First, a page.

We have three large dogs – the lightest one is about 70 pounds.  Here are Maya and Osa:

Not pictured is Cejas (he was probably in the waybackyard barking at vines at the time.)   We go through at least one big bag of dog food weekly and Maya gets an additional two cans of wet food a day, so we freaked and bought a bunch to get us by.

So, my main reason for heading to the grocery store last night, was to make sure we had something for Everett’s grandpa to eat and drink while he watched him the following day.  We didn’t have a pressing “need” for some of the other things <cough> all non-beer items <cough>, but they are nice to have around anyway.  So I threw on my rain jacket, grabbed my helmet and two grocery-getter panniers and headed out to the shed to get the bike ready.

Grocery Getters

The trip to Kroger is so short, you hardly notice it.  Once there, I dismounted and locked up on the grocery cart corral, removed the panniers and headed inside.

First things first – Diet Coke.  It either comes in a 12-pack or some odd little 3 1/2 pack of weirdly-shaped cans that cost twice as much.  12-pack it is.  One aisle over – the beer.  What I thought would be a dilemma was not…  I must buy a 12-pack…for balance, you see… 10 minutes later I was ready to go.

I love the U-Scan.  Our Kroger normally has two normal lines open, with 750 people waiting in each line.   The U-Scan will have 3 or 4 people in line, usually tech-savvy teenyboppers or old ladies who don’t realize where they are (I guess I would be classified as a mix – tech-savvy old lady?)  If you know what you are doing, it’s almost faster than a cashier and bagger combo.  There is no wasted time asking about the Plus Card or if you found everything today.  Anyhow, the U-Scan really can be confusing – especially when I put my panniers on the bag side and it alerted security that a burglary was in progress (I guess the machine only recognizes cloth bags?)  “Soooo, the cavity check won’t be necessary officer – panniers on the ground it is. Whoa! Easy!  I said panniers…”

I left the store with two equally-balanced bags, hooked them up and pedaled home through the night, feeling very successful.  However, I’m not crazy about the panniers.  I mounted them all the way back on my rack and my heels still hit them damn near every time I pedaled.  Any advice on how to fix that?

Last night, on the way home, a minivan slowed, then stopped next to me at a red light. “What’s that contraption behind you called…and where did you get it?” the woman behind the wheel wanted to know.  “Would my daughter fit in one?  She’s four.”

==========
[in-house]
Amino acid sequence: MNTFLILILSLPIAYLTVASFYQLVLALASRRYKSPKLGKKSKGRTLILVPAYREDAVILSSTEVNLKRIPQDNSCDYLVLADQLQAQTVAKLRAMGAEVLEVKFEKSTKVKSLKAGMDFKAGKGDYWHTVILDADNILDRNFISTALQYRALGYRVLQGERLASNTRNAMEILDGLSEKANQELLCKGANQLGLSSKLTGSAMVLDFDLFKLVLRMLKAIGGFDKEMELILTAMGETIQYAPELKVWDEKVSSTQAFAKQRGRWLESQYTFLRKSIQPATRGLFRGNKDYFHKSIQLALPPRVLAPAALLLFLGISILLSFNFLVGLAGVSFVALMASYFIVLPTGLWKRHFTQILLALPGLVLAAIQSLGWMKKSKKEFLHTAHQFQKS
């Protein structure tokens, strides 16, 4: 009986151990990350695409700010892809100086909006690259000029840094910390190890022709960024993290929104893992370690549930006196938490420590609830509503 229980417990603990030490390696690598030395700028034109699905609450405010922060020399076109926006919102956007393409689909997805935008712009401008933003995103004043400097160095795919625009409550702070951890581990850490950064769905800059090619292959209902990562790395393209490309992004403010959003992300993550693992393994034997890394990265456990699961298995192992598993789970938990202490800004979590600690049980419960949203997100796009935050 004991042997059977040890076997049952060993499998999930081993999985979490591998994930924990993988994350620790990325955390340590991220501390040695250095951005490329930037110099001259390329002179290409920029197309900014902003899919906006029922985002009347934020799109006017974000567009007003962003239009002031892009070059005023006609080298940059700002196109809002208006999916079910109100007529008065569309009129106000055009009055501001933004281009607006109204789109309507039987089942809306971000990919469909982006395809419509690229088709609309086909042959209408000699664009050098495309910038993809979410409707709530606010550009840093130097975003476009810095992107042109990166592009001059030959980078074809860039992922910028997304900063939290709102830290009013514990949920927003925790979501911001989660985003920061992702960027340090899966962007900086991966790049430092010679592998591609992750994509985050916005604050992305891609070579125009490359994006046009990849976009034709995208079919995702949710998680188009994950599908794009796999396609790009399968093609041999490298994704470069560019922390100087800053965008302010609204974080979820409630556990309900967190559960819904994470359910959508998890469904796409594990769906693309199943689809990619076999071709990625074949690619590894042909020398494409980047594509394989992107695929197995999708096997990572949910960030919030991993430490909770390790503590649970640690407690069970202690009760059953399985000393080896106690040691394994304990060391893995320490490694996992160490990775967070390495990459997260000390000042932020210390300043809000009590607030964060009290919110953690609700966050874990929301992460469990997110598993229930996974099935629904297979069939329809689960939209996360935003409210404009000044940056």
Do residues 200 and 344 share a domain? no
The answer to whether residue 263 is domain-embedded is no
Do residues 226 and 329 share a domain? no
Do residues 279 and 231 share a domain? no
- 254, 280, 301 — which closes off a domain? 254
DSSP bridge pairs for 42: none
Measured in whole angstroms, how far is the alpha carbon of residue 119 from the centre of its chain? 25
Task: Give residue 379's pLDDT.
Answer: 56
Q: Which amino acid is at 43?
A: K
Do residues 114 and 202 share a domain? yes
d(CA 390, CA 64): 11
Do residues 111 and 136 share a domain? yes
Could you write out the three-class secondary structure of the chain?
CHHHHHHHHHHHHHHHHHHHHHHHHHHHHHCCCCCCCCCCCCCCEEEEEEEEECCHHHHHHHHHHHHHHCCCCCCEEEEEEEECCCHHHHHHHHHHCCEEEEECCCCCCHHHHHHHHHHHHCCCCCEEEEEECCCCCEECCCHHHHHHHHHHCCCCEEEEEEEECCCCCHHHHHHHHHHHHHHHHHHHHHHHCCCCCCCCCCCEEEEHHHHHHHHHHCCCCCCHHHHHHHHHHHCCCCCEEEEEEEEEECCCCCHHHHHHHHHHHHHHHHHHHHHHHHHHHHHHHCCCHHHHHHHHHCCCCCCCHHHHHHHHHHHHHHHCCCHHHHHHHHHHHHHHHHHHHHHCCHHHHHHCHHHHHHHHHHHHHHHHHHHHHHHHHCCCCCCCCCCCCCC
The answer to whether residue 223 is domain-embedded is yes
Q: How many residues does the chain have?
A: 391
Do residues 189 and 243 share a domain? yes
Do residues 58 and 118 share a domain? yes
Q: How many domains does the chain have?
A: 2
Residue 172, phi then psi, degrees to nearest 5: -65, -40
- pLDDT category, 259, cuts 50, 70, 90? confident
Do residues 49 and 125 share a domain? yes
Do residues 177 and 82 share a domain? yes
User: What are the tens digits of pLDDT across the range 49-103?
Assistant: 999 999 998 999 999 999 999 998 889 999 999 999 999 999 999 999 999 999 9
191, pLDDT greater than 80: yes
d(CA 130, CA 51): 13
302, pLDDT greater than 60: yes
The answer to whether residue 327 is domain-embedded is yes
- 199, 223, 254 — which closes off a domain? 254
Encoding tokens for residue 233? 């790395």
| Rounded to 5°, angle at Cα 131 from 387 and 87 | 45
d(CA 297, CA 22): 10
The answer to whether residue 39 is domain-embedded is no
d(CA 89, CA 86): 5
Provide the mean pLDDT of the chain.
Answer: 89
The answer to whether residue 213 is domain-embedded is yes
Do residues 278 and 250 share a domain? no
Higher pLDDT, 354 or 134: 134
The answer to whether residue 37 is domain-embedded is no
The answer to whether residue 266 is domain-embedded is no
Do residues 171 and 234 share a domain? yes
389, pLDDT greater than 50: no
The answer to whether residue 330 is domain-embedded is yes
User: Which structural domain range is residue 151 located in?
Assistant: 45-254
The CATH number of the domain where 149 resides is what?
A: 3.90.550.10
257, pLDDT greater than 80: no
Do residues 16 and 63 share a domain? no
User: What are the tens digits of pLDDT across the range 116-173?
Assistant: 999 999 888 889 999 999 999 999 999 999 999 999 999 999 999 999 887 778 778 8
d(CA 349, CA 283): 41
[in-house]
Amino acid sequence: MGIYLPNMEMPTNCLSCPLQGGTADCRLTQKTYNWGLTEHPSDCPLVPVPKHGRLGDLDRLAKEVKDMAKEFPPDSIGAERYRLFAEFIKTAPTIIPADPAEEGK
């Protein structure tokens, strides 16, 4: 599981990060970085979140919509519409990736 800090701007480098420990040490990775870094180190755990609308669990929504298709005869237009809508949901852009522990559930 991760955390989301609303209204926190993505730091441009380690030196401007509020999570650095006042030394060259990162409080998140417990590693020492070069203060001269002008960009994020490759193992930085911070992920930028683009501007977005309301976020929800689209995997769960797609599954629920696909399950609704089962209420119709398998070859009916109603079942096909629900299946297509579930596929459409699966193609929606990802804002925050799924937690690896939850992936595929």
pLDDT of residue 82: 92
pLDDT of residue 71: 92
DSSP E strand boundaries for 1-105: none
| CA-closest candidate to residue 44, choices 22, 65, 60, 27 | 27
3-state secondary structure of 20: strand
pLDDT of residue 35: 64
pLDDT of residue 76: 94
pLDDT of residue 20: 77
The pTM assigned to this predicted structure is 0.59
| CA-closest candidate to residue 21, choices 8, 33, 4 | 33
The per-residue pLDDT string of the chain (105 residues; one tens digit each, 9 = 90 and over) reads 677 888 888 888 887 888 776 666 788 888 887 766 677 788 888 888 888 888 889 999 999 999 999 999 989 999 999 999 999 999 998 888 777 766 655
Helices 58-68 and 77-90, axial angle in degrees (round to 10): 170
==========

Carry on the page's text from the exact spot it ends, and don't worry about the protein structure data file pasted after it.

People want to know – what is that?  What’s in that?  And how far am I pulling that?  Answers: a trailer; either a) a baby if it’s in the morning and I’m riding on neighborhood streets or b) my bag and stuff if it’s in the afternoon or evening and I’m lugging it down Cascade; and everywhere I go!

I’m on day two of keeping the trailer attached to my old steel bike everywhere I go, and I’m loving it.

I’ve counted zero honks, zero buzzings, and zero close calls while pulling the trailer.  Two cars letting me pull out from driveways in front, four people wanting to know more about my “contraption,”  and too many grins and slow head shakes to count.

For everyone wondering what kind of trailer I’m pulling, it was a gift from the ABC Board (thanks guys!) – the Baby TransIT rumble seat.  Any trailer is a big improvement over the old bike seat my dad rode us kids around in – much safer and much easier to maneuver and balance. And it’s a huge improvement over tying your kid’s Red Radio Flyer wagon by the handle with rope to your seat post and hoping for the best (true story – I still bear the scars and my mom still brings that story up whenever my father has a harebrained idea…)

Anyway…Consumer Reports has an article about trailers and reviews here.

Bottom line – in a town like Atlanta where not everyone is bike friendly (yet), pulling a trailer that could be concealing a baby is not a bad move.  It does weigh 20 pounds and Everett adds another 28, and I’m not a light packer, but I had been meaning to lose the baby weight anyway, I mean eventually, not by dieting or exercising, or anything extreme like that.  More in a roundabout, if it just happens, kind of way.